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East Coast USA, United States
Lowcountry porch sitter. Appalachian Mountain lover. Finger Lakes dreamer.

Sunday, May 31, 2015

I'm a classic stumbler

I was recently asked what appeared on my "bucket list" of things to do (before I die) and the individual making this query was taken aback by my answer, so much so they repeated the question to ensure I had the opportunity to provide a more befitting reply.  Each time I responded in the same manner; however, in the second go around I pre-empted my response with the explanation that I had already been fortunate to have lived many of the experiences others typically place on lists such as this.  Also citing the recent loss of a family member and the travails that follow in sorting through what is relevant and what gets cast aside.

While I appreciate the sentiment of the question there is an entire website offering a means to fulfill one's dreams (bucketlist.org), a host of inspirational books dedicated to it and a plethora of movies depicting the quest to fulfill it,  most notably "The Bucket List" in 2007.  I approach the question of what I must do before I exit life from the standpoint of creating presence past my physical ability to be in the moment literally.  I'm bound you might say by the "eulogy virtue" as explained in a column authored by David Brooks in the New York Times "The Moral Bucket List." I am most certainly the classic stumbler...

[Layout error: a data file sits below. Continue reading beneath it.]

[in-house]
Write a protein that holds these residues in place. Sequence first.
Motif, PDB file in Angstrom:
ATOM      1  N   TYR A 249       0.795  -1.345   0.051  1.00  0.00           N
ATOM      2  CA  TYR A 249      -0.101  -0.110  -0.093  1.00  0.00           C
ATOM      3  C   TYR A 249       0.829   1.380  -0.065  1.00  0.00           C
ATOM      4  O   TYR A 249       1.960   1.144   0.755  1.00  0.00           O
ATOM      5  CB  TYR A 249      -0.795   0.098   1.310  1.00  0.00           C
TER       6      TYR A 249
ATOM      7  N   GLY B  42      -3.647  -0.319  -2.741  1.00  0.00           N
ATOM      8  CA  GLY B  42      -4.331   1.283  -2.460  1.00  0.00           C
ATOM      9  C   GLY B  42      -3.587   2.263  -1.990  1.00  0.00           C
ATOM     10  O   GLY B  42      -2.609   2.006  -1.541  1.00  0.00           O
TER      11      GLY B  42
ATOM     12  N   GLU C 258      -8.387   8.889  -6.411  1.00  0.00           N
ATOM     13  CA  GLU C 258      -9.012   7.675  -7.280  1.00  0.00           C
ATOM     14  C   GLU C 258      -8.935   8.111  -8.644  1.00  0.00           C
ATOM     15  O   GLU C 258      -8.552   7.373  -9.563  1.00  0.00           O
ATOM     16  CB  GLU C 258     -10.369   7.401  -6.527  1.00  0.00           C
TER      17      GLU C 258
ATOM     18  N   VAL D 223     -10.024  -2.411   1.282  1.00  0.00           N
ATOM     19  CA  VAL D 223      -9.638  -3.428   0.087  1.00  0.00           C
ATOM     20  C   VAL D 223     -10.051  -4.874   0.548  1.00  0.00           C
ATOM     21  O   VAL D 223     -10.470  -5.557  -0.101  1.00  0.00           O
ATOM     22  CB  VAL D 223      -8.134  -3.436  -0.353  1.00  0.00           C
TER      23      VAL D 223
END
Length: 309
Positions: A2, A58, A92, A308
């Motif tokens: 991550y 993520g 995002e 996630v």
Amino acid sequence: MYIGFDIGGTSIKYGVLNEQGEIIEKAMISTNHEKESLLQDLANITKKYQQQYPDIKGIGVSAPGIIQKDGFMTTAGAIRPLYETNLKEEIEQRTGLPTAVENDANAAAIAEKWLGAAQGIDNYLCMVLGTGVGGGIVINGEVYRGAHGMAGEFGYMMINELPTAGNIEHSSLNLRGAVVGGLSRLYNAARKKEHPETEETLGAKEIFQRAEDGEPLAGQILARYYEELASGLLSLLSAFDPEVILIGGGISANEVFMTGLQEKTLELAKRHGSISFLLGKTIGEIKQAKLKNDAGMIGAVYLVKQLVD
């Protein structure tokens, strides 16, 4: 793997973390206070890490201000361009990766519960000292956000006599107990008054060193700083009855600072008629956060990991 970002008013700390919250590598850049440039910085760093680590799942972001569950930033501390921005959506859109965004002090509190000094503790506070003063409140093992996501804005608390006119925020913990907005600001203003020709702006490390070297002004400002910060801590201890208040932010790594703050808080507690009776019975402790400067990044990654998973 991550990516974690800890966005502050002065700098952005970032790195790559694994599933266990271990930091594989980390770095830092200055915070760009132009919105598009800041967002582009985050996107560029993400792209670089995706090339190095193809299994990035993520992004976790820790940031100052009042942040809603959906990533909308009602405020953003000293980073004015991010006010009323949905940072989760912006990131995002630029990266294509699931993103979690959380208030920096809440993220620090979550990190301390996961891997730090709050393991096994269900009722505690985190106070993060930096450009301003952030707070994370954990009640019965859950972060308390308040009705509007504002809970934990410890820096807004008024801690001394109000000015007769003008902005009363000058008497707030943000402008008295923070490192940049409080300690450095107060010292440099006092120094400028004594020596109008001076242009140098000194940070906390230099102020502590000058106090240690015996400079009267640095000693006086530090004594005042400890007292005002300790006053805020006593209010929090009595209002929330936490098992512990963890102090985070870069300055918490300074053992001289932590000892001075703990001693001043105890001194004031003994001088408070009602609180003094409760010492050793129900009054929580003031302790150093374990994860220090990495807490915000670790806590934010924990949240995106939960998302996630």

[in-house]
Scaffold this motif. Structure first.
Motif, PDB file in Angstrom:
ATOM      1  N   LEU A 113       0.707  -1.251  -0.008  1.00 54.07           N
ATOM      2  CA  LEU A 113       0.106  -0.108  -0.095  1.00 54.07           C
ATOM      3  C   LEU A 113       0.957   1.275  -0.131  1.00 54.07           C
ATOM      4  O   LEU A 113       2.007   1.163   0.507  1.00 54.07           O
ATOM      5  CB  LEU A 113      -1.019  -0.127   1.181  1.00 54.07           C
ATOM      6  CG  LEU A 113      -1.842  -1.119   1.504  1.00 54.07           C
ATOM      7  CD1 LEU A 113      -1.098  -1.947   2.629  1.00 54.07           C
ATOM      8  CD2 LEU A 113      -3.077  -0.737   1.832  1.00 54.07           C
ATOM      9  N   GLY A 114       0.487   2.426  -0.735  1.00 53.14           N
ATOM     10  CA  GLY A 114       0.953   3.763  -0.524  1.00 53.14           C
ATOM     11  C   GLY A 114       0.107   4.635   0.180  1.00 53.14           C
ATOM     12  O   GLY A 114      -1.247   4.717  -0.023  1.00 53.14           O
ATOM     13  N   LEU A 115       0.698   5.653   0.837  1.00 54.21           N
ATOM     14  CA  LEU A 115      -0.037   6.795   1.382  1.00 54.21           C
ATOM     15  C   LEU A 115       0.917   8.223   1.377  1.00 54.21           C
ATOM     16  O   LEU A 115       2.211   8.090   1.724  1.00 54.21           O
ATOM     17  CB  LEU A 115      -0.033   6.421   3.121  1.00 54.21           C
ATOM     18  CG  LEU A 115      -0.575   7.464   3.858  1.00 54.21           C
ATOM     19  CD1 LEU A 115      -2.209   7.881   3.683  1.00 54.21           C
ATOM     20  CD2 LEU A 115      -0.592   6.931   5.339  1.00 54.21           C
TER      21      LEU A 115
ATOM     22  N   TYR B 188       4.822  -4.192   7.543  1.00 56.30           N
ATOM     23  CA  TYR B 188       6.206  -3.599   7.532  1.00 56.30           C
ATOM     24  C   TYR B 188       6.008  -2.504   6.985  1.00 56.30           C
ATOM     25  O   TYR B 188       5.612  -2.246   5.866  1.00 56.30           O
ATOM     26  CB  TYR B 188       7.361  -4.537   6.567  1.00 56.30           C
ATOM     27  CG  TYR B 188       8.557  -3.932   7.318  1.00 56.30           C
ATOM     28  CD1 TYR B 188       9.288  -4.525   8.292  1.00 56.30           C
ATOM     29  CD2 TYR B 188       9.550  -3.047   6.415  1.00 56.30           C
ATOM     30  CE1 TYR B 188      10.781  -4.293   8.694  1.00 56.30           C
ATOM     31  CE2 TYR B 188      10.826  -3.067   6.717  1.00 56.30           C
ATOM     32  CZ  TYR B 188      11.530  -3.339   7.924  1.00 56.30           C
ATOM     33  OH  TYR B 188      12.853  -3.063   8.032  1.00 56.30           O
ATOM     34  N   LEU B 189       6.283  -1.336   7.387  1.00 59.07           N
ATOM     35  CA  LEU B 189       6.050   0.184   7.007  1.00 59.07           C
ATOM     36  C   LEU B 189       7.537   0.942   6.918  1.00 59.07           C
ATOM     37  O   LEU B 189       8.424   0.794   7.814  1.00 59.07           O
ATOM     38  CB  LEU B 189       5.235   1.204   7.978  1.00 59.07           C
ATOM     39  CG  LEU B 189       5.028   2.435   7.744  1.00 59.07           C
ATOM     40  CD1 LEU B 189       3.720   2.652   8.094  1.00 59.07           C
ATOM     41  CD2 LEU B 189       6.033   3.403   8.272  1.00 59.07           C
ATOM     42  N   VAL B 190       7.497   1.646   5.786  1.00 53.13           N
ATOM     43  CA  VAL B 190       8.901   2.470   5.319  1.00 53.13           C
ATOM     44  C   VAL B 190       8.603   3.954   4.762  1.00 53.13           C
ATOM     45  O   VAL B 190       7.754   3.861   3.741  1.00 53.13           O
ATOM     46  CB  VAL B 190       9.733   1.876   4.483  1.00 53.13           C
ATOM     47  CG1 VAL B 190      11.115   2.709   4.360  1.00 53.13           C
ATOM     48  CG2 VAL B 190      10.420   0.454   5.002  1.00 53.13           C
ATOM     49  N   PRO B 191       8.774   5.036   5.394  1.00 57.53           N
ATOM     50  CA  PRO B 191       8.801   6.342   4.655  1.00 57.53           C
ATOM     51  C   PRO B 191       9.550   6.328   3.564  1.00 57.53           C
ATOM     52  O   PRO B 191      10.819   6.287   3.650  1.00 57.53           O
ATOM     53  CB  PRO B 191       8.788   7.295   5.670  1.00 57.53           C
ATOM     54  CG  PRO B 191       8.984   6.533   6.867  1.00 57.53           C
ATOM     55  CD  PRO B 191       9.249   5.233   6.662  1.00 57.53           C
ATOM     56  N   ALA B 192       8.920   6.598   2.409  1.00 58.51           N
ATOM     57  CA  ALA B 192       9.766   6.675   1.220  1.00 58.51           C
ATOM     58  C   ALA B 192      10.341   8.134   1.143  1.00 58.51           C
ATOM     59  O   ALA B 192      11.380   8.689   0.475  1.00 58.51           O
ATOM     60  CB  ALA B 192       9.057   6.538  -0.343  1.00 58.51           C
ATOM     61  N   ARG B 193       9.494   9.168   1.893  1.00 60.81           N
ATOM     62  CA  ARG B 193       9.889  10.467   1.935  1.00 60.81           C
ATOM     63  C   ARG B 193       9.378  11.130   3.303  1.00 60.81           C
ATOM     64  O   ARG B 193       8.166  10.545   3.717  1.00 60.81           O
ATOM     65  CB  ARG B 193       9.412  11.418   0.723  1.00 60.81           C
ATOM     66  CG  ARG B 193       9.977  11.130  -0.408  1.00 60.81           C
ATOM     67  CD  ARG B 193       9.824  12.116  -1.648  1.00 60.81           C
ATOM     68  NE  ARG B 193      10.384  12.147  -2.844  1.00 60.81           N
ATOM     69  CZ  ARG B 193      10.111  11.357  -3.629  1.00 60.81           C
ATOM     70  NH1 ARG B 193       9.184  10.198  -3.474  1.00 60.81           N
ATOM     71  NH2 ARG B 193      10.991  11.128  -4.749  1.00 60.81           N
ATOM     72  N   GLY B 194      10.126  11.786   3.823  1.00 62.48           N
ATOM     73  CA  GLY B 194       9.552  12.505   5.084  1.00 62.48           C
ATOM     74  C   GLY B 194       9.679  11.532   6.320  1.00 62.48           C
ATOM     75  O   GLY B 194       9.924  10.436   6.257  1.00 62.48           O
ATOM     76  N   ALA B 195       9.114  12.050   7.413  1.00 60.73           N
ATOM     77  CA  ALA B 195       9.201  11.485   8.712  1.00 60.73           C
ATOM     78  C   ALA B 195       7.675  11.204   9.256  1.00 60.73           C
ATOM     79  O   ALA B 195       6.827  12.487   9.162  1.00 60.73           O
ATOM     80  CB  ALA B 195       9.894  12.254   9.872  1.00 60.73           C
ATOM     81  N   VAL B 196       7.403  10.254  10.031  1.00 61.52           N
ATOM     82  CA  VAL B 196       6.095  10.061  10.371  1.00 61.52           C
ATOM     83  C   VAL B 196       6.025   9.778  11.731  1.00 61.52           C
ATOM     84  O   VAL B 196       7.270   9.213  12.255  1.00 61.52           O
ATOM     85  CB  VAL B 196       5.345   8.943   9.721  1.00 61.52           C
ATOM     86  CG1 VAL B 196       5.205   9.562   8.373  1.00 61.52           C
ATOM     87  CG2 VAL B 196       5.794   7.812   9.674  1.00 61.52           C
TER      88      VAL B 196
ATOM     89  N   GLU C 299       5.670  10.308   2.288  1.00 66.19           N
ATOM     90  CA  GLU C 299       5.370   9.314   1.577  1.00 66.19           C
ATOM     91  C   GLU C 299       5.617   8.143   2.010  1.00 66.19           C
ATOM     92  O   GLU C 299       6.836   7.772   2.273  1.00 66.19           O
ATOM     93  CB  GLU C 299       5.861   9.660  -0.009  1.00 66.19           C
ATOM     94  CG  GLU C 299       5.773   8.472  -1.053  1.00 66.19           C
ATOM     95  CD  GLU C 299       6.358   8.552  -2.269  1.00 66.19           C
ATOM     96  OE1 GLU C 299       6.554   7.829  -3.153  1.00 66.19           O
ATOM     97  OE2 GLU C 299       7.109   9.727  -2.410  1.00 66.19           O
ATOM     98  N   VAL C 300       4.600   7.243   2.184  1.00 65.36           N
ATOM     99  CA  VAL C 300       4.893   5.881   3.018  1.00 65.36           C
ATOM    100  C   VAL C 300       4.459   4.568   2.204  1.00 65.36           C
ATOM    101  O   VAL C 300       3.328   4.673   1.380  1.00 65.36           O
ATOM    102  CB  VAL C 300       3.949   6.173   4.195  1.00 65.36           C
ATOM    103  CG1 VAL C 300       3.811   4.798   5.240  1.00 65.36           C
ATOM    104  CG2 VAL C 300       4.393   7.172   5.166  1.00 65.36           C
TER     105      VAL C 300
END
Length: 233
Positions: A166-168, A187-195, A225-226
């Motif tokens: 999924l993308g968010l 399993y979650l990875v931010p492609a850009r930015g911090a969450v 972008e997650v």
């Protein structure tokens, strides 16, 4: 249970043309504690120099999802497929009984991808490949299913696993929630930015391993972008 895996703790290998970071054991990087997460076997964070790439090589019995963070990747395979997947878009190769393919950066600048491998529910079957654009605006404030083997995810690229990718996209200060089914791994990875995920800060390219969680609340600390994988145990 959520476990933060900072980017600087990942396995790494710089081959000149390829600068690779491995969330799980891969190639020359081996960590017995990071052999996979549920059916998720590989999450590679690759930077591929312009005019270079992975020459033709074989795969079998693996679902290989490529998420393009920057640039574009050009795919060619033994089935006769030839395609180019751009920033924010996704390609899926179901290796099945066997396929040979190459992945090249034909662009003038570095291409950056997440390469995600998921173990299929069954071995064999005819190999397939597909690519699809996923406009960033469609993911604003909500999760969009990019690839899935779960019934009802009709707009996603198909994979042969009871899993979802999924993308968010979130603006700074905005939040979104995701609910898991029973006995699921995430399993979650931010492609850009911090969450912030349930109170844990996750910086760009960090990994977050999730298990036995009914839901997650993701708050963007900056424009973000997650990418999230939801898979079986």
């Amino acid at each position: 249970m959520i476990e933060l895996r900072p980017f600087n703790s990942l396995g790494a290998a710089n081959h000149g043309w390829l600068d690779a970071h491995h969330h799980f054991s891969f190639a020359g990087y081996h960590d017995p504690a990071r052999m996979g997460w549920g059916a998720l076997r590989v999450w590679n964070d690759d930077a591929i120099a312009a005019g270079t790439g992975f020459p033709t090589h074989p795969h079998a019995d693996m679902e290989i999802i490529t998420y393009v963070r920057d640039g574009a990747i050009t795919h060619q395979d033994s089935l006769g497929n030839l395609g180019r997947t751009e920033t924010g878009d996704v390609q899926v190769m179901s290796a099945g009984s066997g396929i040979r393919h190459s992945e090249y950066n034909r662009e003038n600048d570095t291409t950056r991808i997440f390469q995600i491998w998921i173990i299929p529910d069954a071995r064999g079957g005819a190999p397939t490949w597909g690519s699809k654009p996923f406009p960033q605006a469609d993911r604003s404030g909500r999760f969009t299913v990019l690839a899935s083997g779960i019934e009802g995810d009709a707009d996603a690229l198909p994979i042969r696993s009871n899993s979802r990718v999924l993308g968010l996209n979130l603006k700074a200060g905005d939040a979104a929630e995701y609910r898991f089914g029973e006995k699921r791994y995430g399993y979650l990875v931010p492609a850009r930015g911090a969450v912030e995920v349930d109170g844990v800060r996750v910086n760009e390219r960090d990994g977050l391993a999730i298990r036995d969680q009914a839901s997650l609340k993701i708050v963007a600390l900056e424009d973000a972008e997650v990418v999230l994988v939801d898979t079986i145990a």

"The stumbler doesn't build her life by being better than others, but by being better than she used to be. Unexpectedly, there are transcendent moments of deep tranquility. For most of their lives their inner and outer ambitions are strong and in balance. But eventually, at moments of rare joy, career ambitions pause, the ego rests, the stumbler looks out at a picnic or dinner or valley and is overwhelmed by a feeling of limitless gratitude, and an acceptance of the fact that life has treated  her much better than she deserves."

For the sake of not wanting to appear devoid of "list" material I can conjure at least one place I'd like to spend time in before I kick the bucket. I'd like to scan the rim of the Grand Canyon before some developer strikes a horrific blow to its landscape, all the while trusting that the possibility of destruction never comes to fruition.  Beyond that, I'll stumble my way toward an aim in creating meaningful memories indefinitely. 
Life Enrichment is like a travel and learn program...offering infusions that make every day life thereafter far more interesting! ~ Ann-Marie Adams, Reflections on a Meaningful Life